One man’s story about his passion for writing, his fear of medicating his mood, and keeping his creativity
I tiptoed into the packed, dimly lit performance studio for my first ever spoken word poetry event. My eyes adjusted quickly and my ears opened to a deep, booming voice: “When you and I tango, winter smiles.” Around the room, the audience swayed.
The warm studio welcomed me in from the Boston cold. That winter evening of 1999, I fell in love with poetry, both on the page and performed aloud.
I was a freshman at Harvard University at the time. I wrote poems daily over the next year and a half. In spring of my sophomore year, though, I wrote more and slept less than I ever had. My mind sharpened and my words flowed. I was convinced that if I stopped writing, I would no longer be the “chosen prophet.”
My writing binge spiraled into a two-week manic episode. When I showed my roommate my “scriptures,” he wisely called my parents. They quickly placed me in a psychiatric hospital, where I was diagnosed with bipolar disorder and prescribed medications I was told I would be taking for a long time.
I returned to Harvard with my illness under control, but a part of me felt frustrated. My desire to write stayed strong. I joined a campus poetry club and pursued my craft in a class and, later, in community workshops. I accepted that staying well was better than the alternative. Yet on some deep level, I yearned to experience mania’s creative rush again.
I have bipolar disorder and I am a creative person. For a long time, I felt I had to choose between managing my illness and unleashing my creativity. The electric currents surging through my brain during my manic writing binge had made me feel more inspired, more productive.
Now I embrace the following belief: I believe we can be creative independent of mania. It may be that mania fuels our creativity, but I believe it is not necessarily mania that allows creativity.
I (and anyone with bipolar) can have both a balanced life and artistic inspiration.
I adapted this idea from an online lecture I watched last year. In “Your Elusive Creative Genius,” Elizabeth Gilbert (author of Eat, Pray, Love) argues that we need to return to a view of creativity that is closer to the ancient conception of muses. In this view, creativity is a force originating outside of us, not emanating from within.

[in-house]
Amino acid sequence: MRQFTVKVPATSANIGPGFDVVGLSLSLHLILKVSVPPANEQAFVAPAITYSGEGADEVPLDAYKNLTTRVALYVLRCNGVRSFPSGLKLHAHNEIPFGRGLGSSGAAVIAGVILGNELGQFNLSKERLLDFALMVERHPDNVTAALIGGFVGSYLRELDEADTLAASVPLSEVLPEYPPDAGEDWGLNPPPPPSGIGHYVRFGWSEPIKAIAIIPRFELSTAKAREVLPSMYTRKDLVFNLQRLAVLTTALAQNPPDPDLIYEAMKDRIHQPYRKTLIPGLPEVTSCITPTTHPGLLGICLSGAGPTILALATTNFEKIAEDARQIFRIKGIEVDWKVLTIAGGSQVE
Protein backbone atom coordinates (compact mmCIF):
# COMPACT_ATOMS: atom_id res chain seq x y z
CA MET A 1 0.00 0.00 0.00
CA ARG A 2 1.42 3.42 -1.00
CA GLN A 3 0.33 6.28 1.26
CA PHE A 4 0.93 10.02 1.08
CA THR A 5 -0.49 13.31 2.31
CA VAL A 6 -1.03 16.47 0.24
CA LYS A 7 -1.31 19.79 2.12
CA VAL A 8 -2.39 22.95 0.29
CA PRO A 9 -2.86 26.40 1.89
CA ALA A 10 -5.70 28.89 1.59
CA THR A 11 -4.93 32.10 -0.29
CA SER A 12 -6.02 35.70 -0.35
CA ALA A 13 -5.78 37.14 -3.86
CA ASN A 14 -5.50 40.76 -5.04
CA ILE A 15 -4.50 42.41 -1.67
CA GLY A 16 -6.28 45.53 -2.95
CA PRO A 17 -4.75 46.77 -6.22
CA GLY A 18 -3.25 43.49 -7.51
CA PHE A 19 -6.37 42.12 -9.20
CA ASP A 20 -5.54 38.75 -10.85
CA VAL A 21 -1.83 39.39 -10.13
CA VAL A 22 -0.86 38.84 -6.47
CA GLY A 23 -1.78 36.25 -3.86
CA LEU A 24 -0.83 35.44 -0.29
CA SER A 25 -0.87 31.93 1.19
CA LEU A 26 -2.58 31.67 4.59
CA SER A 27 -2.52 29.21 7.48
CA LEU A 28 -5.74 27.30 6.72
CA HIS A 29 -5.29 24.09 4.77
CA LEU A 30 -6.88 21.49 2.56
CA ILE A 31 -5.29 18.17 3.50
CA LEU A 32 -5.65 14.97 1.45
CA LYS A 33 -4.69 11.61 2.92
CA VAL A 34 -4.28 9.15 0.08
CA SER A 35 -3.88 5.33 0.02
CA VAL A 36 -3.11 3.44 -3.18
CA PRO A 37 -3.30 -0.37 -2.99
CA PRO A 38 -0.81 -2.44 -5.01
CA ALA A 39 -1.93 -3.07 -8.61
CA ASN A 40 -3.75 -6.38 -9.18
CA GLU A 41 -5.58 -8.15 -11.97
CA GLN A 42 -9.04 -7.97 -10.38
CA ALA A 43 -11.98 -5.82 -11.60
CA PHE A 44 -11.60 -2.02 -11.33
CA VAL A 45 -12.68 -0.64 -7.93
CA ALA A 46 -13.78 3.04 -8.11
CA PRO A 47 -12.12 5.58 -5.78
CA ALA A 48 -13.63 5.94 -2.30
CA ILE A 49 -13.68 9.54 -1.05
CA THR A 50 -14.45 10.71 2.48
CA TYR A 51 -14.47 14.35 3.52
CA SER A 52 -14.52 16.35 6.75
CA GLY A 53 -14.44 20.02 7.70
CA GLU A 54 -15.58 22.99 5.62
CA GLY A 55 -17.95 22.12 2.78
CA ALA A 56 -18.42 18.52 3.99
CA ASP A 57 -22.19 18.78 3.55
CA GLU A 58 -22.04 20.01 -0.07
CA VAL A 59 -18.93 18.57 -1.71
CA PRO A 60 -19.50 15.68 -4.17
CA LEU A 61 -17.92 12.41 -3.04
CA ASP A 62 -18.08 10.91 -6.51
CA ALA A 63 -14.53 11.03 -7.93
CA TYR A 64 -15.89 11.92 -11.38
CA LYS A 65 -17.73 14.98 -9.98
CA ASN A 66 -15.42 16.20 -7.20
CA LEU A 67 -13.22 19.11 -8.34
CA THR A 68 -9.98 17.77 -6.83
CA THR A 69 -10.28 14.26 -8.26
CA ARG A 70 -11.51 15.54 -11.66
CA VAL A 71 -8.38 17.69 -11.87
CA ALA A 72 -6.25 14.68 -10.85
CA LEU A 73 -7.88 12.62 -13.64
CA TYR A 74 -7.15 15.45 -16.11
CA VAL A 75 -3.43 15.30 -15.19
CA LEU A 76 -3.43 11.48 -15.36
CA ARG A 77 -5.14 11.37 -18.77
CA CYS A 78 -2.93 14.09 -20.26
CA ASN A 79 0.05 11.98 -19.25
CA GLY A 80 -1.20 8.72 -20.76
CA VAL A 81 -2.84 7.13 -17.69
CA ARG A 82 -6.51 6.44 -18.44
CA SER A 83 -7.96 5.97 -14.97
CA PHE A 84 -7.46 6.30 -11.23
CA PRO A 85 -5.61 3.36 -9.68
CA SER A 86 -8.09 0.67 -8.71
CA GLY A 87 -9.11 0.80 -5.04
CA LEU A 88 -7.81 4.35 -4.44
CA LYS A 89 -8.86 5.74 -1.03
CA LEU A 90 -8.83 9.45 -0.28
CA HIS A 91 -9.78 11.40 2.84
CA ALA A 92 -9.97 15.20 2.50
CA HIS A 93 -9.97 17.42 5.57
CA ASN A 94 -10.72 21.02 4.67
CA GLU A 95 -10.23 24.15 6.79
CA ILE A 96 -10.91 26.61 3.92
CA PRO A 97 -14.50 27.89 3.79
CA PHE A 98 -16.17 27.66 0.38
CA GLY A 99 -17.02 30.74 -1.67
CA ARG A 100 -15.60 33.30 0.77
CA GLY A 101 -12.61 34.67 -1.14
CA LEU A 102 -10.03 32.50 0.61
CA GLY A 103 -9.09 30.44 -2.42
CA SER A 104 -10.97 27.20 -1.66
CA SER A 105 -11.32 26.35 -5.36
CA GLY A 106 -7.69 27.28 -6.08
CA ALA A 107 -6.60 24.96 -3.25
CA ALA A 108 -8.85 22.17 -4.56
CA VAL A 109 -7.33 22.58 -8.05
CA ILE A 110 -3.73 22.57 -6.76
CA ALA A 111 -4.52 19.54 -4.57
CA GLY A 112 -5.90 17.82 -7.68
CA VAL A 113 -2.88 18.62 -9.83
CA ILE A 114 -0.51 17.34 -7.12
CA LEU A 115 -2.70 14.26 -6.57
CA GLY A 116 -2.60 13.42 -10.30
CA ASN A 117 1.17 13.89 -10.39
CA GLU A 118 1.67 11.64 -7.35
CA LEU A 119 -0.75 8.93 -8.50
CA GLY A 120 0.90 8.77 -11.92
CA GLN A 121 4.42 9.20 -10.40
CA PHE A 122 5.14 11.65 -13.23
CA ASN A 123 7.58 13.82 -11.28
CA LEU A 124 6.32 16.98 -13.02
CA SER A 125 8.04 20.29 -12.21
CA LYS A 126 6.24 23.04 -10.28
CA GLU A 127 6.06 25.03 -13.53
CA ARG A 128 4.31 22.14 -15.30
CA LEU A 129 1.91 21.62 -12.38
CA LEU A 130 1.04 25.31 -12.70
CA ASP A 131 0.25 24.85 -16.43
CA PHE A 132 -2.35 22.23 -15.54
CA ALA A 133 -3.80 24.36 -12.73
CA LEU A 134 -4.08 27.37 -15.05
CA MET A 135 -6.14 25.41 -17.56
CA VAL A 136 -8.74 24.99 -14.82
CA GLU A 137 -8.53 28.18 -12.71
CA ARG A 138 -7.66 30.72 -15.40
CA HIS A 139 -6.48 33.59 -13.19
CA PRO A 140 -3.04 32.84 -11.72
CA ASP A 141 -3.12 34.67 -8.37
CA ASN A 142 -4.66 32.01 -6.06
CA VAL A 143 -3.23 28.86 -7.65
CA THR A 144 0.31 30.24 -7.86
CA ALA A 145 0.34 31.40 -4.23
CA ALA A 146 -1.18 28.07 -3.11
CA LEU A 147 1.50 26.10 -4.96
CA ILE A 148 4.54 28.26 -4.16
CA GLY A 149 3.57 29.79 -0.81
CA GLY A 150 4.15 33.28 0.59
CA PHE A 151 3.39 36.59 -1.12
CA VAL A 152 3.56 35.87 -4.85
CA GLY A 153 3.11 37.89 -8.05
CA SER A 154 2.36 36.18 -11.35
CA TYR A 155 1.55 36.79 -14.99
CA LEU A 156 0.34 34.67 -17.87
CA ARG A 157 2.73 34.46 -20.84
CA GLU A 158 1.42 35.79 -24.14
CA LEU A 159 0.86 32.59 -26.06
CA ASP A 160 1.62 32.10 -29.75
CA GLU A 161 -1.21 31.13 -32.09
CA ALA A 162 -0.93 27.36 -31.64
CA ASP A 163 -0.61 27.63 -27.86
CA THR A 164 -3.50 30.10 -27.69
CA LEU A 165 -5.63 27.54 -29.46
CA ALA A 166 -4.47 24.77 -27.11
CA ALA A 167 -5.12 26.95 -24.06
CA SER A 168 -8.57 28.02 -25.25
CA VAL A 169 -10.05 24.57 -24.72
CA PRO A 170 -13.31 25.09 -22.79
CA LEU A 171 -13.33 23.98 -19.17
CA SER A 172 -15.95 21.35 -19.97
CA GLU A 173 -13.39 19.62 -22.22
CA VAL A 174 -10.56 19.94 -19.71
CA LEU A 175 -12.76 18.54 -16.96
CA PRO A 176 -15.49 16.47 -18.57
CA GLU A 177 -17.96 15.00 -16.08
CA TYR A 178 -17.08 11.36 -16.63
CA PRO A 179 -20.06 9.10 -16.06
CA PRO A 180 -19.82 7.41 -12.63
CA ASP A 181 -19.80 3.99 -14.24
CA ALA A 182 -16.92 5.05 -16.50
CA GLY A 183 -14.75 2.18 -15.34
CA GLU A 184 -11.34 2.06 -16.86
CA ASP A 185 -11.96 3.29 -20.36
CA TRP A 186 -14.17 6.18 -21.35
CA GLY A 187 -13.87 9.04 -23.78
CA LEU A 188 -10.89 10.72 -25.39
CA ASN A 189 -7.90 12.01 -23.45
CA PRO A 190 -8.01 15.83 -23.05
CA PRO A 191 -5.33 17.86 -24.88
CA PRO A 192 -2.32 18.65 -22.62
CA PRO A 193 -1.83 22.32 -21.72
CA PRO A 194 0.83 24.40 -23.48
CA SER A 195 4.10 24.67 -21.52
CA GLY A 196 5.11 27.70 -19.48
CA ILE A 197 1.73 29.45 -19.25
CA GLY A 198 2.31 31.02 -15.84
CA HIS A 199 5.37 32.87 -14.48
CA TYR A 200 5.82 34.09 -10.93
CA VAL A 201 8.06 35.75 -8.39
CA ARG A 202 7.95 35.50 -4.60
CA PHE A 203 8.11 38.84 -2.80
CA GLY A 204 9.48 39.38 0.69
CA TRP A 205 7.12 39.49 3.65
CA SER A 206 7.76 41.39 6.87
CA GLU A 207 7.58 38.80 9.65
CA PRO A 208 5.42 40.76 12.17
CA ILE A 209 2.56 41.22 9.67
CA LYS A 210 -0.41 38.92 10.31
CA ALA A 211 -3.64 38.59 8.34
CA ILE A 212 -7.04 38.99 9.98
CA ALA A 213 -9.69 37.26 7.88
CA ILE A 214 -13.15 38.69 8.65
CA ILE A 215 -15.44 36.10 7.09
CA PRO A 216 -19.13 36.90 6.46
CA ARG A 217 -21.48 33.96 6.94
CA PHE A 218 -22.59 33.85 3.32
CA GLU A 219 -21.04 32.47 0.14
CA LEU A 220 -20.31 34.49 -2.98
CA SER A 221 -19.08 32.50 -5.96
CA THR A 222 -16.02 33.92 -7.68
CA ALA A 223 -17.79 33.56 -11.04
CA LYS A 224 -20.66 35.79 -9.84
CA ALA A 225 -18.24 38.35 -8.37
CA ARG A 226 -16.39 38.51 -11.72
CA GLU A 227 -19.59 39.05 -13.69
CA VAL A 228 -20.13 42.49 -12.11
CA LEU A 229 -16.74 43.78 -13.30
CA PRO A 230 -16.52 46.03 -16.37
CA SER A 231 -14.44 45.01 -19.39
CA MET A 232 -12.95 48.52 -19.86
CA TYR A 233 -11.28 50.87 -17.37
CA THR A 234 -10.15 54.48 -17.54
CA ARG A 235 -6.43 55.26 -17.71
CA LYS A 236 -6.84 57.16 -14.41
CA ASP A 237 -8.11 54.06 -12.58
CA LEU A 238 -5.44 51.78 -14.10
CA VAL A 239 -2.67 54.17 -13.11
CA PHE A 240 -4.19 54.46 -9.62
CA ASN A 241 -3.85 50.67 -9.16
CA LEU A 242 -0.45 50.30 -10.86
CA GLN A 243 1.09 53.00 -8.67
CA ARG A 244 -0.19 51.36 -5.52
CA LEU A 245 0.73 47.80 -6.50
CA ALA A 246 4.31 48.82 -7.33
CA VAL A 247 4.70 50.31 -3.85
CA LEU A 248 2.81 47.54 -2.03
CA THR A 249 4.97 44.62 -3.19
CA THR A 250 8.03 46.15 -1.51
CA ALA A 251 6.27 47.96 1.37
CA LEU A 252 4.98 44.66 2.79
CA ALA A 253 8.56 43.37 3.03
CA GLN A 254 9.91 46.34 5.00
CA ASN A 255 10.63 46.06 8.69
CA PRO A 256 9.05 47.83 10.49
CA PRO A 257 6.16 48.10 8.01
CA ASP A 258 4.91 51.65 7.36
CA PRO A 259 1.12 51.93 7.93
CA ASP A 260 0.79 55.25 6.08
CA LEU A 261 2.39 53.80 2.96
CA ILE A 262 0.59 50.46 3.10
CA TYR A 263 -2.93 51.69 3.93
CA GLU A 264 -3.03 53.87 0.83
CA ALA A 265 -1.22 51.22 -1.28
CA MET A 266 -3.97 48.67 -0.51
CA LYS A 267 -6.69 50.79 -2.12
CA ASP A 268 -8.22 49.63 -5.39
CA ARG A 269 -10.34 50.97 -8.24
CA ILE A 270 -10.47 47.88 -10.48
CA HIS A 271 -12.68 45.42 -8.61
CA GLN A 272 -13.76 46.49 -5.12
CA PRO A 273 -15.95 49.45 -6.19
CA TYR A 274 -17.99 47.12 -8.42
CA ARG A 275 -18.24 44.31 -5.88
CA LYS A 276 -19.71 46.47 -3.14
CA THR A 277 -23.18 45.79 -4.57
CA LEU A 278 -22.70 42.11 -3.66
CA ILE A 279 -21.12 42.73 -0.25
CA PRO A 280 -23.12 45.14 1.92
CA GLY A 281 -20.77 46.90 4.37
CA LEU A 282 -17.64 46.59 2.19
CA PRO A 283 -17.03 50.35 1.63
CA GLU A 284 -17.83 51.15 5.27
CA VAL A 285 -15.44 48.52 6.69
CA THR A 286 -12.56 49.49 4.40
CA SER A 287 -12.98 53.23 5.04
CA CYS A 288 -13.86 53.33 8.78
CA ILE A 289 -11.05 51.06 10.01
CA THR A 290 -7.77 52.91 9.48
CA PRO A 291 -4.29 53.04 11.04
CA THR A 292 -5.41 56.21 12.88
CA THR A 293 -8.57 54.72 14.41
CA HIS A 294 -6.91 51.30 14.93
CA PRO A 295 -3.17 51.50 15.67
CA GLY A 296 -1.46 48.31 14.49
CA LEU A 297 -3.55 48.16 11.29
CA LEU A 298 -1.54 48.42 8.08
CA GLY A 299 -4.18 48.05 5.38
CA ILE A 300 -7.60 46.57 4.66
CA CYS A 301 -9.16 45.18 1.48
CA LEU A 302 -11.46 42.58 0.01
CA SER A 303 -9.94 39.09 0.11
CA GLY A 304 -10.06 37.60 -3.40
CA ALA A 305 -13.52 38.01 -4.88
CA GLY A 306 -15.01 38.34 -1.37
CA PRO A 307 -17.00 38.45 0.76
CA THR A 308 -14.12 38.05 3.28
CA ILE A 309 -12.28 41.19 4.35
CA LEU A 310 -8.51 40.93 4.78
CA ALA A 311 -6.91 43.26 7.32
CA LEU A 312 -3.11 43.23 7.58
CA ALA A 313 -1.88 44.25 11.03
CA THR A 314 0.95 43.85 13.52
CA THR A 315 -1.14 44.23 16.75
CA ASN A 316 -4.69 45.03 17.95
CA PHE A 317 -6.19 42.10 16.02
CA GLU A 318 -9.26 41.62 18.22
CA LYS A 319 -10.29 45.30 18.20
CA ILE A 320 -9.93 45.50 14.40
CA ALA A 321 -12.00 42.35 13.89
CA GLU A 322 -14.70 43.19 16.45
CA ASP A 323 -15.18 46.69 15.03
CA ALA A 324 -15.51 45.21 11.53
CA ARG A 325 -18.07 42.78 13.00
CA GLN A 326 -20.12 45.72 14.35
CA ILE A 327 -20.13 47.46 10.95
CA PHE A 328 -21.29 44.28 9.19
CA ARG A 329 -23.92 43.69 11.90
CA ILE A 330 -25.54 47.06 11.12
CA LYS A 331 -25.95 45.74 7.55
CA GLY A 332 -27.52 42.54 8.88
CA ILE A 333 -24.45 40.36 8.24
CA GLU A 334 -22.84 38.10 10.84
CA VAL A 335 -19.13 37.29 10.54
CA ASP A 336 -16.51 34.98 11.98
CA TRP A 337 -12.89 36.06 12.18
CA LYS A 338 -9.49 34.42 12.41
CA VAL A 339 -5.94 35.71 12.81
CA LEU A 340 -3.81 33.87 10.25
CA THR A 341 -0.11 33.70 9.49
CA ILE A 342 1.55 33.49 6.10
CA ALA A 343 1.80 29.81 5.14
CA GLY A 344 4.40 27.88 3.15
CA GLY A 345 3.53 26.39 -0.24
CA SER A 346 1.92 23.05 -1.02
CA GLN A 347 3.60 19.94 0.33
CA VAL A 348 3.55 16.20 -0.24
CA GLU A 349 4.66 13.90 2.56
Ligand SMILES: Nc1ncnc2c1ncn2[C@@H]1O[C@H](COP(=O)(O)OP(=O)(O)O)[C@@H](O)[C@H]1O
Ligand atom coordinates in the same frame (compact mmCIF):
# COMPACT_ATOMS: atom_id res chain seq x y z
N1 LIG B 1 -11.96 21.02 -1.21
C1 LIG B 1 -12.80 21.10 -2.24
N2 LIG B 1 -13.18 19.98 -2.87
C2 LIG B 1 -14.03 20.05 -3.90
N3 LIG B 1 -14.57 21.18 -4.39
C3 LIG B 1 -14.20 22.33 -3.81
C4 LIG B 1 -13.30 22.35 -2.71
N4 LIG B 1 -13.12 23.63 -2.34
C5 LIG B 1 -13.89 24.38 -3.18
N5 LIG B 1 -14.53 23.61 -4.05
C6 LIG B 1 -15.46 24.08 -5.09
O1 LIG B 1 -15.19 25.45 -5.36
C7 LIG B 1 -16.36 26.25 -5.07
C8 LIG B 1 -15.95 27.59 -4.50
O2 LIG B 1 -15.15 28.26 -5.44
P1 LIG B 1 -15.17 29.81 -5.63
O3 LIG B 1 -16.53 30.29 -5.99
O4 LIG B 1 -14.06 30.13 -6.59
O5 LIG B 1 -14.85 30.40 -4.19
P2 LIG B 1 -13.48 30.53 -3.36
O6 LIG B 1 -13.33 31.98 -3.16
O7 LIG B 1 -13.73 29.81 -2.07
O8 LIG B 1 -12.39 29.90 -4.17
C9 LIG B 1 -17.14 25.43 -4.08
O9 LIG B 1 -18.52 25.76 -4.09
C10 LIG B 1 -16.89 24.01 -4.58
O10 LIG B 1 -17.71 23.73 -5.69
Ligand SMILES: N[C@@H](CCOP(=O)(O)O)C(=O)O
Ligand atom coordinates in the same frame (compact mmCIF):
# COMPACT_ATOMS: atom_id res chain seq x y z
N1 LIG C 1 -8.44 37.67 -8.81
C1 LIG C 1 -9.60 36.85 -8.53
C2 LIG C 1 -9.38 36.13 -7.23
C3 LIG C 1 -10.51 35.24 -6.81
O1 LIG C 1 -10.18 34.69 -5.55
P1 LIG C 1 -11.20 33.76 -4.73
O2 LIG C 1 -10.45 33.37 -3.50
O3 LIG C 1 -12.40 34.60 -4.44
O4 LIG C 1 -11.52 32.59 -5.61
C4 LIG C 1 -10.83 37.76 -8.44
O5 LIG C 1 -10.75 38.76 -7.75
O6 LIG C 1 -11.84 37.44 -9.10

That was an Aha! moment for me. Her lecture shifted my perspective and put me at ease. In the back of my mind, even after years of successfully writing poetry, after recording a full album of spoken-word pieces and compiling enough written poems for a book, I still carried the thought that mania was a precondition for my best work. Now I saw that the central condition for creativity was becoming the best conduit for it.
If I am hungry, I reasoned, my mind is focused on eating; if I am sleepy, my mind is focused on sleep. Neither condition is right for my muse to flow freely.
The two ideas sat well with me: I am not the center of creativity, and I create best when I am in my best state. Therefore I do not have to choose between being balanced and being creative. Instead, I need to be balanced to prepare the ground for creativity.
Many of us who have bipolar disorder use that feeling of creative genius as a measuring stick. Sometimes we teeter on the precarious edge of temptation, ignoring the dangers of mania in our quest to unbridle our imaginative powers.
Although it seems like a mere mental exercise, I believe how we think about ourselves and our illness is what allows us to live successful lives. Sometimes a minor shift in perspective, like opening up to an external muse rather than craving mania, brings new comfort and light.
Printed as “On My Mind: Mania vs. The Muse”, Summer 2014
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